So you are a man of a certain age and have been feeling lethargic lately. Your performance, both in the office and bedroom, have suffered, and you realised you’ve packed (or lost) a few pounds.
There is a possibility you might be suffering from a condition known as Testosterone Deficiency Syndrome. According to Dr Benjamin Loh, a general practitioner with a special interest in men’s health, it’s a health issue that primarily affects older men. He shares several important facts about Testosterone Deficiency Syndrome, including treatment options that can have you feeling like your old self again.
1. Testosterone Deficiency Syndrome is not the same as menopause.
Testosterone Deficiency Syndrome is a condition in which there is a gradual decrease in the production of the male hormone, testosterone. The term “andropause” is also sometimes used to describe this condition. Menopause, on the other hand, is part of the maturity process where a woman’s menstrual cycle comes to an end, resulting from a notable drop in women’s estrogen levels. A sudden drop in hormones levels can result in significant symptoms as compared to a gradual decline. There is thus no “pause” per se in Testosterone Deficiency Syndrome and the more accurate way to refer to the condition is to describe it as a testosterone or androgen deficiency, or male hypogonadism.
2. Testosterone deficiency is not life-threatening but can negatively impact your life and relationships.
Testosterone plays a major role throughout a man’s life. It is a critical component of sperm production, and is necessary for good bone health. Some of it is converted to estrogen which aids in bone health maintenance. It also preserves muscle mass which indirectly improves fat levels in the body.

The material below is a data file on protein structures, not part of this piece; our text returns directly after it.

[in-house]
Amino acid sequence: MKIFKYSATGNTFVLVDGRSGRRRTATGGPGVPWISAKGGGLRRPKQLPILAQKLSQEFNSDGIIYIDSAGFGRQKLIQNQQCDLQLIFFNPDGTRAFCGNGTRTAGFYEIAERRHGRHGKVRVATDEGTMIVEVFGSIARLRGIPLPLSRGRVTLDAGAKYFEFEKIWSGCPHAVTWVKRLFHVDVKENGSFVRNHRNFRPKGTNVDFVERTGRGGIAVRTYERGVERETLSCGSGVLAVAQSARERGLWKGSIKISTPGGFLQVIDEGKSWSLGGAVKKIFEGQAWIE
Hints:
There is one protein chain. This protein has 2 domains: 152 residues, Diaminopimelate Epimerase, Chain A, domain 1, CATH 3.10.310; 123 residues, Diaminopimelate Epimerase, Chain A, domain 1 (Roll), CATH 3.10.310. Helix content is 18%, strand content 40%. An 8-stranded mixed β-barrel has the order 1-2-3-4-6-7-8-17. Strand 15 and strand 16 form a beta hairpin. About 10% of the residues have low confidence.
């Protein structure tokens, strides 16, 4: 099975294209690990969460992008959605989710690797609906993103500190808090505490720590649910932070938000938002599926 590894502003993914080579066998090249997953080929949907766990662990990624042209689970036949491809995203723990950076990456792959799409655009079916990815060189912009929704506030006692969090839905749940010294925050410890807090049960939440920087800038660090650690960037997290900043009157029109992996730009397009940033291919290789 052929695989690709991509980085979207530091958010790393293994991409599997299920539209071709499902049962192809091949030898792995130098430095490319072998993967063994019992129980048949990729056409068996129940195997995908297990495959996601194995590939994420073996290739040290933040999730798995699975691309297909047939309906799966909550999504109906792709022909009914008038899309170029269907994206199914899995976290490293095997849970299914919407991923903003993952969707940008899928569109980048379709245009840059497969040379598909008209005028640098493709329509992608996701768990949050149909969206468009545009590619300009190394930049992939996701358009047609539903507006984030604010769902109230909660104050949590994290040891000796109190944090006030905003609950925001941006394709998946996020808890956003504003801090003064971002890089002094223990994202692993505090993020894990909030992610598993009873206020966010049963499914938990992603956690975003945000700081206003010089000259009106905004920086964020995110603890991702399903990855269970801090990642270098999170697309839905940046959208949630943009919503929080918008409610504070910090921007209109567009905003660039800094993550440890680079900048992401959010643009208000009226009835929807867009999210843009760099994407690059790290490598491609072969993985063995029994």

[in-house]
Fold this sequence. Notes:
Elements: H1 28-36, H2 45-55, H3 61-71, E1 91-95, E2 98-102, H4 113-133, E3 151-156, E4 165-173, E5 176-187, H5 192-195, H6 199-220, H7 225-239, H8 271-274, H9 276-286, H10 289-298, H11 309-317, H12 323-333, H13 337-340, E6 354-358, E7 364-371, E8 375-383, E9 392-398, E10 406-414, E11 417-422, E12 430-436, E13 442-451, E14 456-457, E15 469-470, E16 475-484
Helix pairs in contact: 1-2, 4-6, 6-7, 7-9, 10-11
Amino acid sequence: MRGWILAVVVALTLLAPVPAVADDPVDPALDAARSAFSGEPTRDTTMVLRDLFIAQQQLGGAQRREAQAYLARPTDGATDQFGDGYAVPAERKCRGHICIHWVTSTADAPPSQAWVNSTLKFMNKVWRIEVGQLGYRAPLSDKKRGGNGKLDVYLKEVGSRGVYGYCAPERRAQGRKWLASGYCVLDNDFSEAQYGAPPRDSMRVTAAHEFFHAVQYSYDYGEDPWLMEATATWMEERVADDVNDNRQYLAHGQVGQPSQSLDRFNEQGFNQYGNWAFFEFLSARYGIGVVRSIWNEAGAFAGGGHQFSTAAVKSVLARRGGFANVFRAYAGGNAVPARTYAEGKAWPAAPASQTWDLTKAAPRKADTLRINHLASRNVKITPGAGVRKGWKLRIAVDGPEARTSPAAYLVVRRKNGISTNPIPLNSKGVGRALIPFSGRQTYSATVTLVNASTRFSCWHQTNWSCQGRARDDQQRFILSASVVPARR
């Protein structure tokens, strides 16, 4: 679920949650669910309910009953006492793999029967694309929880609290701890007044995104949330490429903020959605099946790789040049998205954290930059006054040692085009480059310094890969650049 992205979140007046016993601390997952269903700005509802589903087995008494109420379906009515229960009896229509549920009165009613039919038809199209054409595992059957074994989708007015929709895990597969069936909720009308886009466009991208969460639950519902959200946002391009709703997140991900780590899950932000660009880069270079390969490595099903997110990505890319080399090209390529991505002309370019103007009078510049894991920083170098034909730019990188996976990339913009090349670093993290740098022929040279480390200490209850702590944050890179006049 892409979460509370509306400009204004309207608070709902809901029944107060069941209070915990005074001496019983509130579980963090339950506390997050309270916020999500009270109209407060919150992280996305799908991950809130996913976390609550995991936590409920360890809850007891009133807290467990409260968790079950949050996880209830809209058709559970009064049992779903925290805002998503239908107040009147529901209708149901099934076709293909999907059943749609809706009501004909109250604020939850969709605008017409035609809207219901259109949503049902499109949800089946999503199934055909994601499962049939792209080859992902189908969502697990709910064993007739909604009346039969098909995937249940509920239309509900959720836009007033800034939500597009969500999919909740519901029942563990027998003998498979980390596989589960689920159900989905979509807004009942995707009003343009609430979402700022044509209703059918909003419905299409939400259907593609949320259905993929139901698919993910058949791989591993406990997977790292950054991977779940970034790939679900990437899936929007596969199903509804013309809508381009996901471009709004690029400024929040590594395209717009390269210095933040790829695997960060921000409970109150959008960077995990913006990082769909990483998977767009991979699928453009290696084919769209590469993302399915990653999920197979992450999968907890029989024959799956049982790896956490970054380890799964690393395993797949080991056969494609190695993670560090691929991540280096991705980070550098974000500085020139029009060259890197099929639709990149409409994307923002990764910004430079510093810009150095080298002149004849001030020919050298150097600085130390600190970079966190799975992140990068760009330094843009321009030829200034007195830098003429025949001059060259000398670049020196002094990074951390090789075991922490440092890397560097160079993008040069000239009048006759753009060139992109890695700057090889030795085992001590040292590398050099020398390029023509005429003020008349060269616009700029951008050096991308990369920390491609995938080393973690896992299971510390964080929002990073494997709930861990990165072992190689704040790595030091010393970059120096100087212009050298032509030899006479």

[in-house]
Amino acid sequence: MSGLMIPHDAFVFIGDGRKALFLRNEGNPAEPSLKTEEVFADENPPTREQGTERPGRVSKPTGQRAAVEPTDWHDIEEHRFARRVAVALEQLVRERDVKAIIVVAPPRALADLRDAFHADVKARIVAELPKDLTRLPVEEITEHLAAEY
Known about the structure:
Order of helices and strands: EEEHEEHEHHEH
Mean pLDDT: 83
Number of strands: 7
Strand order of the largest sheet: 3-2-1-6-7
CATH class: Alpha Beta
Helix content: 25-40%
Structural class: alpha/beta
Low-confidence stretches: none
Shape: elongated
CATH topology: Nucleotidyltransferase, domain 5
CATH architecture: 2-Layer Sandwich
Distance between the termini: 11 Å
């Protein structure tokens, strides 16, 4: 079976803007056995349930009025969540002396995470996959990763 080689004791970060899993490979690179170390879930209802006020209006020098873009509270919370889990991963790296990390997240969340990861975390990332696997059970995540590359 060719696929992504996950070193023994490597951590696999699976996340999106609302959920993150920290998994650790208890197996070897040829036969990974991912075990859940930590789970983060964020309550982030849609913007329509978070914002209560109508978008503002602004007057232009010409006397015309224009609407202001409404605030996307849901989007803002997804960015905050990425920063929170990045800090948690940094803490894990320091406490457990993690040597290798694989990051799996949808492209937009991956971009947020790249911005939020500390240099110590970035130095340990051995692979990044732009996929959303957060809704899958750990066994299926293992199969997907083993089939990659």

Testosterone directly affects sex drive, mood and the ability to have an erection. Research has also shown that testosterone can also affect your cardiovascular health. Several studies have indicated that men who had lower testosterone levels may be predisposed to coronary disease. Symptoms such as mood swings, tiredness, irritability, anxiety, sexual difficulties and weight loss/gain could strain healthy relationships.
3. Diet and exercise can boost your testosterone levels.
If you are not experiencing any symptoms, your doctor may decide that treatment is not necessary. However there are several ways to boost your testosterone levels should you wish to. First is exercise – specifically High-Intensity Interval Training (HIIT). This type of exercise has shown to increase testosterone levels by up to 17 percent after six months. Resistant weight training and reduction of body fat through diet and exercise may also increase your testosterone levels.
4. There are medical treatment options available.
If you have been diagnosed with Testosterone Deficiency Syndrome, your doctor may put you on Testosterone Replacement Therapy. He may prescribe testosterone capsules, injections (administered once every few months) and/or testosterone gel that provide better absorption when applied on the skin.
5. Testosterone Deficiency Syndrome could be misdiagnosed for stress-related conditions so check with your doctor.
The condition is not always easy to diagnose as some symptoms are non-specific. If you are experiencing symptoms mentioned here and think you may have this condition, check with your doctor as he can run tests to confirm the diagnosis.